18 February 2019 | Comment | Article by Roman Kubiak TEP
On 31 January 2019, in an open letter to charities, the Chief Executive of HM Courts & Tribunals Service (‘HMCTS’), Susan Acland-Hood, notified the sector of the decision to terminate the contract with Smee & Ford. Those in the charities sector, particularly Legacy Officers and those working in Legacy teams, will know that Smee & Ford currently provide a paid-for notification service to participating charities to alert them to bequests in wills which are put to probate.
Though no specific reasons have been given, HMCTS has said that the current contract is “not consistent with the department’s legal duties”. Some have speculated that this could either relate to General Data Protection Regulation 2016/679, the regulation on data protection and privacy for all individuals within the EU and EEA, more commonly known as GDPR, or, perhaps, competition laws.
A copy of the letter can be read here.
Smee & Ford’s notification service has been key to participating charities in providing early notification and transparency.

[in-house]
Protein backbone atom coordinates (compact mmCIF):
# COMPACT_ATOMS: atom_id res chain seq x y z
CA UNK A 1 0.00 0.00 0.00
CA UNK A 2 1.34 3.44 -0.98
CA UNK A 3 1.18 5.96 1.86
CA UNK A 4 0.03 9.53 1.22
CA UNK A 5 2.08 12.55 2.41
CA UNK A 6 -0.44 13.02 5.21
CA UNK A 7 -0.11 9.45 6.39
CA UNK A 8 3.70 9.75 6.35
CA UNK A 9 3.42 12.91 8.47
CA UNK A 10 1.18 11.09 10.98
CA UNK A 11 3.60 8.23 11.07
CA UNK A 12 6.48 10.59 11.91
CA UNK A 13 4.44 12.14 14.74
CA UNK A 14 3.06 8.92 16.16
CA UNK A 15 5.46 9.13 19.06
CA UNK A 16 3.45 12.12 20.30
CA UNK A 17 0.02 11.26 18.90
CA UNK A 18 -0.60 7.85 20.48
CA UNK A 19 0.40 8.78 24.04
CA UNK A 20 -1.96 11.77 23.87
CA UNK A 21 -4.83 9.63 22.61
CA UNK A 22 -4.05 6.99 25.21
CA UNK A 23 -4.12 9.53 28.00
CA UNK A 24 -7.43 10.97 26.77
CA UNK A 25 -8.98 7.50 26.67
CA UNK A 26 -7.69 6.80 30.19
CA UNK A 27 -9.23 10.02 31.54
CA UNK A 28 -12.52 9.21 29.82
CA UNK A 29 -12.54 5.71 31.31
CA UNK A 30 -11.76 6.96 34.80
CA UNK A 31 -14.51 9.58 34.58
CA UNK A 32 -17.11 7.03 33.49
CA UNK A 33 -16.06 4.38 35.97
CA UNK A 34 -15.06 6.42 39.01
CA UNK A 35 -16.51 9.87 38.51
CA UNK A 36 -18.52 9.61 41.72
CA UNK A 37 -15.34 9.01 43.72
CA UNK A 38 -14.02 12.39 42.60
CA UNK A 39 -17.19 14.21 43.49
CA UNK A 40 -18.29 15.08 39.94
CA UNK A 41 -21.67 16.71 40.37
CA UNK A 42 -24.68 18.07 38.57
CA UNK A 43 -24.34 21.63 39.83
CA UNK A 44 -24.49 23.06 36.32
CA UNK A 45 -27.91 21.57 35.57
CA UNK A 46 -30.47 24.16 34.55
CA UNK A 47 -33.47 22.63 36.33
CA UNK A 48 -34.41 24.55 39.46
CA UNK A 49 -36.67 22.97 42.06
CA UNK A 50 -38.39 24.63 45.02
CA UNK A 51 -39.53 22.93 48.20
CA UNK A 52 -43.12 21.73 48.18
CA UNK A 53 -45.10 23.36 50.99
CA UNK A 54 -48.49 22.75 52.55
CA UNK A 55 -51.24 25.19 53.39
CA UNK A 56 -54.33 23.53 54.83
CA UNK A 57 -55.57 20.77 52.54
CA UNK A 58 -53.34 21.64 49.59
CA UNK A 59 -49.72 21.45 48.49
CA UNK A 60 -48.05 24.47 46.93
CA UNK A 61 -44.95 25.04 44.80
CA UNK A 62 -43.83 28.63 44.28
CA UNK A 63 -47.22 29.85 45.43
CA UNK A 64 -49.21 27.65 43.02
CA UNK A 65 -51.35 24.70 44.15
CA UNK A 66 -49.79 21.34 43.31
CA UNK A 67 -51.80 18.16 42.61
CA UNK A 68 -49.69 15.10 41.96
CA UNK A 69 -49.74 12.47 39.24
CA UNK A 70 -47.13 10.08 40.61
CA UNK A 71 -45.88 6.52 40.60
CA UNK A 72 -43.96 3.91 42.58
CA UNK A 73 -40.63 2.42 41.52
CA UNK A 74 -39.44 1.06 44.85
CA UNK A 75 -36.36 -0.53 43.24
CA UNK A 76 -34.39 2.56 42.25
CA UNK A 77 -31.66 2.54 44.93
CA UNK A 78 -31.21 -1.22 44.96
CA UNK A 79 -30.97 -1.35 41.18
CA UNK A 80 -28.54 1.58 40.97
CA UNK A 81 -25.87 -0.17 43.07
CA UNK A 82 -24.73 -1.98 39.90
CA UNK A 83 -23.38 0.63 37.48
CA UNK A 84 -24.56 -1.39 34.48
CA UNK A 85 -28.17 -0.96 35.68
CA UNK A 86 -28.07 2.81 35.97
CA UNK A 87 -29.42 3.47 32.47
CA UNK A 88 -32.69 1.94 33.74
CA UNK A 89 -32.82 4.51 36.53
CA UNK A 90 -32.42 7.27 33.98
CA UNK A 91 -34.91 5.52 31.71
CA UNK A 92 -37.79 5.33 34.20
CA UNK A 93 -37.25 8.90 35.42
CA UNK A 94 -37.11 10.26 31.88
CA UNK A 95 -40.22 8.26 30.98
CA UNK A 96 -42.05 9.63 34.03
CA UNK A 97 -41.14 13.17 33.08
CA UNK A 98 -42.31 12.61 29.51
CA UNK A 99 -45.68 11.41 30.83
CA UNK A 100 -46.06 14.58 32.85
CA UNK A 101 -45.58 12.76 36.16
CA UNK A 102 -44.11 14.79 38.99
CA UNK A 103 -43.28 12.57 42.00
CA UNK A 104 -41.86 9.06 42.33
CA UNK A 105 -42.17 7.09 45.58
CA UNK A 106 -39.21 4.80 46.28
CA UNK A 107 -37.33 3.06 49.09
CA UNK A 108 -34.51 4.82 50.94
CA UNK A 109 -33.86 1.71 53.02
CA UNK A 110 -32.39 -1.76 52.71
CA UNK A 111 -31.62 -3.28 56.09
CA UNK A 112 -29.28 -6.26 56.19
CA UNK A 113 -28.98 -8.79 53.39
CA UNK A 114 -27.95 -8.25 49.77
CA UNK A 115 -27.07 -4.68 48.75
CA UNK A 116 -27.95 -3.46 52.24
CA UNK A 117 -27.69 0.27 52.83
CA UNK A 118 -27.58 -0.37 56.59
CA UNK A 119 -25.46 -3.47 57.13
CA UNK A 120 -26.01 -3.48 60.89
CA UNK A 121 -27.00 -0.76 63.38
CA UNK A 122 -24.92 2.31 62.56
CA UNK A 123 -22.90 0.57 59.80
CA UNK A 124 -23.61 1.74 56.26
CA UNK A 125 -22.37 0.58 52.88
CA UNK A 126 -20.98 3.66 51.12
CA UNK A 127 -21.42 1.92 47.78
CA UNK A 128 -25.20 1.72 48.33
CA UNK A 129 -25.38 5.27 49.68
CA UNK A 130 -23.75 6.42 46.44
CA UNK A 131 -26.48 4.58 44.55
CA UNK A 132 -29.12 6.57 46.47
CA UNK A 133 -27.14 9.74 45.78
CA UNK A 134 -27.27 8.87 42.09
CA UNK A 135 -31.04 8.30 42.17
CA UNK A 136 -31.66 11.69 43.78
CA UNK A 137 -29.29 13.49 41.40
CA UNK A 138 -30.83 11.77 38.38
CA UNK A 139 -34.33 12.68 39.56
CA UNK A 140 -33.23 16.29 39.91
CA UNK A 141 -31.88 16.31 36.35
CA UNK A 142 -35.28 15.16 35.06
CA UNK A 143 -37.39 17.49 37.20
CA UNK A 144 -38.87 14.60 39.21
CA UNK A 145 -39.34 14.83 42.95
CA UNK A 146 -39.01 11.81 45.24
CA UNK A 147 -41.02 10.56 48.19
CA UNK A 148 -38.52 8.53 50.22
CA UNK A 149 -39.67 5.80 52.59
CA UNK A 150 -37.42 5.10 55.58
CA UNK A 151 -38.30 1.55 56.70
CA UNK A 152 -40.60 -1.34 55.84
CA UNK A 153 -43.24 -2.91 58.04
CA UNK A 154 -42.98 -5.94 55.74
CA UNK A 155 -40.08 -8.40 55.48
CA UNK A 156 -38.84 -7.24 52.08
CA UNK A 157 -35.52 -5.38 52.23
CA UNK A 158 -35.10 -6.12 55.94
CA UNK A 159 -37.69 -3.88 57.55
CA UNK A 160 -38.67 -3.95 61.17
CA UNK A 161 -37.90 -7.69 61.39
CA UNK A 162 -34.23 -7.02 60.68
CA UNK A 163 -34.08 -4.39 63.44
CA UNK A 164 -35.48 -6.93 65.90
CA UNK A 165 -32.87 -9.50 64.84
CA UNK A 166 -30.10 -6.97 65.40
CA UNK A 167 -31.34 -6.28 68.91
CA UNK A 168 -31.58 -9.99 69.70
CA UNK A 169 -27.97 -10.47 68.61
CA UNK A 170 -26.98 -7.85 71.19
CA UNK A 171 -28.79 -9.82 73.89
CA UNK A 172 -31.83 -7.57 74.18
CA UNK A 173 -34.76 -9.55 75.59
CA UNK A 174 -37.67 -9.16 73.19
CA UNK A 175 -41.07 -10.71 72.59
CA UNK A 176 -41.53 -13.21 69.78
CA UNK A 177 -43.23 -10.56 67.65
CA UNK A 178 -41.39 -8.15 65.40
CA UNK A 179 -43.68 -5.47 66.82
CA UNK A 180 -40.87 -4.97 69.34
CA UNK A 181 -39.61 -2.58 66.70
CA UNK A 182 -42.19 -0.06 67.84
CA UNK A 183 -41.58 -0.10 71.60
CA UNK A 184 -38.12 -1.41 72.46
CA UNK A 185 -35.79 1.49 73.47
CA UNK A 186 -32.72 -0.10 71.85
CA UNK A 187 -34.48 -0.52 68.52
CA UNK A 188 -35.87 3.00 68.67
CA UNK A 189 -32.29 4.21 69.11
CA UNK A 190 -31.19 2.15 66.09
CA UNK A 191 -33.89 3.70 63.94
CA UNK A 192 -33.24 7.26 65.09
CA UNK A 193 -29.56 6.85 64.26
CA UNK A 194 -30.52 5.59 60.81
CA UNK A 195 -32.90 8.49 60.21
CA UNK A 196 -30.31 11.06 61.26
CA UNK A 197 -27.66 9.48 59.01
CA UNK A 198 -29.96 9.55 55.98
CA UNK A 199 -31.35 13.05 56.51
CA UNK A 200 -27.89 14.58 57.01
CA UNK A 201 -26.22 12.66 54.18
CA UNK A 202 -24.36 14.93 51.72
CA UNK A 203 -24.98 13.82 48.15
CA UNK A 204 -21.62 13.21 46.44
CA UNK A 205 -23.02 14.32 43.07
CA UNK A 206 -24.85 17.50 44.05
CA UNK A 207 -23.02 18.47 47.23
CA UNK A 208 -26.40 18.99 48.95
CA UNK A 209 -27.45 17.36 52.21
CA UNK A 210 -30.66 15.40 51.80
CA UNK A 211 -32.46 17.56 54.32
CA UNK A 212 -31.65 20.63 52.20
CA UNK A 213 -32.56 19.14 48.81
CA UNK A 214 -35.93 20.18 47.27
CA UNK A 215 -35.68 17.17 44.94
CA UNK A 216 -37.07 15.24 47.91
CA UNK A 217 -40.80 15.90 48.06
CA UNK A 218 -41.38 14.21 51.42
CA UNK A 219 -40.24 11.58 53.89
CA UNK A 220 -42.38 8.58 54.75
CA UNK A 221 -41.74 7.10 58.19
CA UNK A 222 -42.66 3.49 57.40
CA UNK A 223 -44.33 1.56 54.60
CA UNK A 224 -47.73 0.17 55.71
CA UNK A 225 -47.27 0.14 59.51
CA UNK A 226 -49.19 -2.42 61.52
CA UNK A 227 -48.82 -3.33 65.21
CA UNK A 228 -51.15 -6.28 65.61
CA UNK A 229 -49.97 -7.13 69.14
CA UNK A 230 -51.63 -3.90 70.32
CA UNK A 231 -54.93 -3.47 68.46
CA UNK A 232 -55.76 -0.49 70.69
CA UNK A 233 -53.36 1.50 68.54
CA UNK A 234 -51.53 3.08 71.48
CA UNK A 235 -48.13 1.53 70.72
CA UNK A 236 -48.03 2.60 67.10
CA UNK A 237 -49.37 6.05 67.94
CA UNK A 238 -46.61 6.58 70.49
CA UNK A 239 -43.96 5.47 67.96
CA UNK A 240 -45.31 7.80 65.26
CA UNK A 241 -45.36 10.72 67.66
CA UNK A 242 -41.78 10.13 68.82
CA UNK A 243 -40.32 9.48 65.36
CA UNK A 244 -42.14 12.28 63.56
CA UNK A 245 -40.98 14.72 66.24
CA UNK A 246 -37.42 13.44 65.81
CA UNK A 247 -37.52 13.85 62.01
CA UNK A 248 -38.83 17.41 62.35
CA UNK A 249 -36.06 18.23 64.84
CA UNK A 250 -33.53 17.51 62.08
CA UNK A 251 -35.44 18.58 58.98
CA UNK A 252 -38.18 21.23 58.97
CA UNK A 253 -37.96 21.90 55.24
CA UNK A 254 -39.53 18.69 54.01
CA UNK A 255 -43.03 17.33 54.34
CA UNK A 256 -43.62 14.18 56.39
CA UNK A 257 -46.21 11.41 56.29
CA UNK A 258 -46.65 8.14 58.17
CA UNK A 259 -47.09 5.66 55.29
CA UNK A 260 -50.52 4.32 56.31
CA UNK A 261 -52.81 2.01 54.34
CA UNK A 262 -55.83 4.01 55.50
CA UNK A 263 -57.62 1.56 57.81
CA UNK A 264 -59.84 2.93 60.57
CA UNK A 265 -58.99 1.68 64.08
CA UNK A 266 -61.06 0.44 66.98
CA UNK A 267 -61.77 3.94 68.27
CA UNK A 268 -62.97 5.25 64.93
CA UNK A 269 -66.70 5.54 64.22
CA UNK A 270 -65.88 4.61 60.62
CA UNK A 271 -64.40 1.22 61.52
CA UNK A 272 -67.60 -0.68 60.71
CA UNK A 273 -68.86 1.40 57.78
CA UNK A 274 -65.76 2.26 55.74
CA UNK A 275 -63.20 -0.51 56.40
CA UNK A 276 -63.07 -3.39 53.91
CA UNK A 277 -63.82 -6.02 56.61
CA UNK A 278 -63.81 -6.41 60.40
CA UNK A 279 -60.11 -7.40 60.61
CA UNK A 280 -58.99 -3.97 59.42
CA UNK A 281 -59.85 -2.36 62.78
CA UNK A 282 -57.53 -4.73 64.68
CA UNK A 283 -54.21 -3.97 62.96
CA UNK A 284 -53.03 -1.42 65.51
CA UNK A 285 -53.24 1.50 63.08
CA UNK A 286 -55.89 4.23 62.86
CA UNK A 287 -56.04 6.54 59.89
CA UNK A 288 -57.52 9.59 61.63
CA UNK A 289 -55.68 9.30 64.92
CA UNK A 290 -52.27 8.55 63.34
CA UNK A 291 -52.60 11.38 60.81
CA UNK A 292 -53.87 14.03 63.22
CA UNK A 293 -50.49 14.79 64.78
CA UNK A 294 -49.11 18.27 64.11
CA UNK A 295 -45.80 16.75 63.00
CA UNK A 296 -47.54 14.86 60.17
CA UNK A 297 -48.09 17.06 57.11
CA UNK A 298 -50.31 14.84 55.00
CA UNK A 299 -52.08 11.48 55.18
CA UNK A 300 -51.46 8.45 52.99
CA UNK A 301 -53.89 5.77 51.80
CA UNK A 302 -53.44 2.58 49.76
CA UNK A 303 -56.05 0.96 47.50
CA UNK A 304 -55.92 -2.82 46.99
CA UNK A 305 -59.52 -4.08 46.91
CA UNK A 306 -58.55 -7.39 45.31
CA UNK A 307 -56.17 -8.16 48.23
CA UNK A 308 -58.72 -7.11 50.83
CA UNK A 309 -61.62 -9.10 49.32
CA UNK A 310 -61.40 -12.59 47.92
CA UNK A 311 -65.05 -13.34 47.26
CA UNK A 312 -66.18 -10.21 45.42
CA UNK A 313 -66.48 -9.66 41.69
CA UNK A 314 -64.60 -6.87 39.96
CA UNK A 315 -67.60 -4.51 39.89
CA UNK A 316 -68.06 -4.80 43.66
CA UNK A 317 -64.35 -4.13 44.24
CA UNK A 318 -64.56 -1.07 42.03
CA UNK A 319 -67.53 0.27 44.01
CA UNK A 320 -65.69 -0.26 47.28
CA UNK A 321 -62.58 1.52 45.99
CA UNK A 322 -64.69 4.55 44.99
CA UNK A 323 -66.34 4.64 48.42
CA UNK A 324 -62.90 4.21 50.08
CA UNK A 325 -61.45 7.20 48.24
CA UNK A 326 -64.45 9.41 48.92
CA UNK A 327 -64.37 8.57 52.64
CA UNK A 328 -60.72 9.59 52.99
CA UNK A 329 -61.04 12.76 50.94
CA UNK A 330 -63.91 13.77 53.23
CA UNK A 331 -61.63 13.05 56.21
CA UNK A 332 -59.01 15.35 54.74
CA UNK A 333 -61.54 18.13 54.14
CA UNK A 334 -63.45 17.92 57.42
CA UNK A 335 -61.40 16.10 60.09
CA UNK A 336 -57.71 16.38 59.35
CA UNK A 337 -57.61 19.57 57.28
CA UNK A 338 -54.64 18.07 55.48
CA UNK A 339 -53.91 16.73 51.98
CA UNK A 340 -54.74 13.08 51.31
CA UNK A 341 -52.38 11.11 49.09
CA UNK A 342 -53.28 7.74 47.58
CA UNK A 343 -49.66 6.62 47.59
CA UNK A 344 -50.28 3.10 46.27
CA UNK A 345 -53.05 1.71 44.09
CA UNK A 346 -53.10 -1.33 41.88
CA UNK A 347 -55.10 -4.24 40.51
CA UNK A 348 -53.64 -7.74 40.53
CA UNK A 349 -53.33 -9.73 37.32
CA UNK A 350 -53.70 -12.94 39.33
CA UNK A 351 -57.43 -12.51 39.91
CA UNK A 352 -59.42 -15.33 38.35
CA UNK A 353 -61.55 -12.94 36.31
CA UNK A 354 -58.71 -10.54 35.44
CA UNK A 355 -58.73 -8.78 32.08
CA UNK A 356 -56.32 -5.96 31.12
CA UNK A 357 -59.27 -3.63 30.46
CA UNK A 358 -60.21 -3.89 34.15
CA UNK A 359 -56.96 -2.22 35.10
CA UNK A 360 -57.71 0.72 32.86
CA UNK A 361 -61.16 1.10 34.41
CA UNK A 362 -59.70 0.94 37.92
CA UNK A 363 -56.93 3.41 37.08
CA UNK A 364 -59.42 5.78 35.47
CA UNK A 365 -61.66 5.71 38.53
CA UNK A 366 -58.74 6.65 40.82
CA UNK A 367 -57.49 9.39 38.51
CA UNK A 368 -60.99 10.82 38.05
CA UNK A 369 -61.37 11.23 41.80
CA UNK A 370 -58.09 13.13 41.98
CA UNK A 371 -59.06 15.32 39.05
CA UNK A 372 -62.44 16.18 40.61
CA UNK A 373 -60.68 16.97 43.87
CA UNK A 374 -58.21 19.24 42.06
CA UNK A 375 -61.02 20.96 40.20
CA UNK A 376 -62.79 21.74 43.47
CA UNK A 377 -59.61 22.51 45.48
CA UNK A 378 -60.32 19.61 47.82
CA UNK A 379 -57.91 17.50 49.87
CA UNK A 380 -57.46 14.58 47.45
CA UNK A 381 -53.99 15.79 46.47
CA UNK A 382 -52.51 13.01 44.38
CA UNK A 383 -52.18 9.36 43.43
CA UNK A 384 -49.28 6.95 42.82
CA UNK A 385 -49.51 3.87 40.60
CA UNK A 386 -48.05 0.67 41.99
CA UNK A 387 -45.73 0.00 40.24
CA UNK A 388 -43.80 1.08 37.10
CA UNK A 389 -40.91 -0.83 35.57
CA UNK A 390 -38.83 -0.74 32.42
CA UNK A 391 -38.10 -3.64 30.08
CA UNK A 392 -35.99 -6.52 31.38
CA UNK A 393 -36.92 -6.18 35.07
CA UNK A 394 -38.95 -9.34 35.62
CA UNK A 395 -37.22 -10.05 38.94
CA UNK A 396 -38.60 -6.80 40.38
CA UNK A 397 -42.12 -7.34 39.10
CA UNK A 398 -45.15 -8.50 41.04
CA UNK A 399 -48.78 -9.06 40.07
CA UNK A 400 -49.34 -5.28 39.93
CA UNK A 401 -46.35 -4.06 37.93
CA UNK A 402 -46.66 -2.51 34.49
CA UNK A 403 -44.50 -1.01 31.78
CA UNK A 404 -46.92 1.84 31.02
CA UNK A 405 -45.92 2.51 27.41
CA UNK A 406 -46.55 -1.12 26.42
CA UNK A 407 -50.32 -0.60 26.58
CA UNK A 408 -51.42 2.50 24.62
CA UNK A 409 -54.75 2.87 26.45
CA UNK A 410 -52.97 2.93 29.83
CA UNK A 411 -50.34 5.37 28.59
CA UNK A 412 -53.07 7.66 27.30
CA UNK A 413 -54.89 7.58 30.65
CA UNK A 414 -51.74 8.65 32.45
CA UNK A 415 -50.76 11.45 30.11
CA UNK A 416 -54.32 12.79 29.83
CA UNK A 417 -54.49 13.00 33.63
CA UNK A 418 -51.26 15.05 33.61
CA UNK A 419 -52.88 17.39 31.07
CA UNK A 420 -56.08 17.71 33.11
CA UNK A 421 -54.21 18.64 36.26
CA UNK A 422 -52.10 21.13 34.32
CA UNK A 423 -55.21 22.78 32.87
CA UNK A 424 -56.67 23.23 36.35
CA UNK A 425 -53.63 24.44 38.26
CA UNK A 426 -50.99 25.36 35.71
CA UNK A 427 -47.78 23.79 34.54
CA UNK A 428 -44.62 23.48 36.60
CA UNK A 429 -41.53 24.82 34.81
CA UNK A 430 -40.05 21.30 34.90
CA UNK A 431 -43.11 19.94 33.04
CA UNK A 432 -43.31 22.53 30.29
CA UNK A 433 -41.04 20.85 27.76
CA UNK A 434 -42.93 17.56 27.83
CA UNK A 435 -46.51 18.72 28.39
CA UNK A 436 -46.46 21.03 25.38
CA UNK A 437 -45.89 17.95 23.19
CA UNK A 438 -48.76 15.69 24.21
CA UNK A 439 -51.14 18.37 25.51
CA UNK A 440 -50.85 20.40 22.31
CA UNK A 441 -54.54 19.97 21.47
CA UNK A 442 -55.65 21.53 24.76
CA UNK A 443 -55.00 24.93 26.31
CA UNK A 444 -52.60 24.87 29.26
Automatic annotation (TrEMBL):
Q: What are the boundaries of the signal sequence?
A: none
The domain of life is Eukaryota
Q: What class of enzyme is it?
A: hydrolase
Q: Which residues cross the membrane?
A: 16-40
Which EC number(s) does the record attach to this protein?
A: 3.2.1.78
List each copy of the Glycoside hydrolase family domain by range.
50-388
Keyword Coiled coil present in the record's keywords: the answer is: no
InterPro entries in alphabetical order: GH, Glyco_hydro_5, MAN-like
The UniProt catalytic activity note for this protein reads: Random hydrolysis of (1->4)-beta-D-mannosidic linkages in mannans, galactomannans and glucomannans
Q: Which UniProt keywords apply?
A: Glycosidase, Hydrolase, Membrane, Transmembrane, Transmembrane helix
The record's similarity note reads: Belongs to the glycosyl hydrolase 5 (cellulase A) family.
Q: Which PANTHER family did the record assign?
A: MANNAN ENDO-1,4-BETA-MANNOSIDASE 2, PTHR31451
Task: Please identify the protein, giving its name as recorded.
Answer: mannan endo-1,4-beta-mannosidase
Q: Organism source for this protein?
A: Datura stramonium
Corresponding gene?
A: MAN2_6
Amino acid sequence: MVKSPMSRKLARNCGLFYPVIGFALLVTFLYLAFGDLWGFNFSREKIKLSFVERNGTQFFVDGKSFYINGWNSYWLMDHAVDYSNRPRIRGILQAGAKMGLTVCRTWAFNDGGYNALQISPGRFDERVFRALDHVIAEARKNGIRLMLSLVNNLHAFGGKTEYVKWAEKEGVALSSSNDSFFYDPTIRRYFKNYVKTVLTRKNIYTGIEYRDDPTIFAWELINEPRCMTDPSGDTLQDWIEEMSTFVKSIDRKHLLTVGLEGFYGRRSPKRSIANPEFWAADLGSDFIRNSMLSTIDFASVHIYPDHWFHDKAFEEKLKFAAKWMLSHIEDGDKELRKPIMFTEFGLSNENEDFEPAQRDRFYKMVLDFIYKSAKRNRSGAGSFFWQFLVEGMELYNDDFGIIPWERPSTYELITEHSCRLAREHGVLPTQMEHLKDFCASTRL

With legacy income continuing to grow year-on-year and now accounting for approximately a third of all income across the third sector, ensuring that there is a suitable replacement service is crucial.
As such, HMCTS has invited representatives from the Association of Chief Executives of Voluntary Organisations, the National Council of Voluntary Organisations, the Institute of Fundraising and the Institute of Legacy Management to join a working group with the aim of establishing a suitable replacement service.
Without knowing the full details, it is difficult to question the need to terminate the current contract.
It is vital that, when considering any replacement service, the views of the stakeholders, namely charities and the third sector, are taken on board and not merely paid lip service to and having representation from the various organisations in that sector is key.
While there have been rumours that any replacement notification service could be at the expense of the taxpayer, that seems unlikely. Indeed, any replacement service should, in our view, remain a paid-for notification/subscription service both for the benefit of the taxpayer and the third sector. Otherwise there is a risk of reputational damage to the sector with the potential knock-on effect of discouraging legacies, now so vital a source of income to charities.
Update as of 5 July 2019
Roman Kubiak and Vlad Macdonald-Munteanu recently recorded a charities podcast on the update about the bequest notification service from Smee & Ford. Tune in to the podcast to find out more.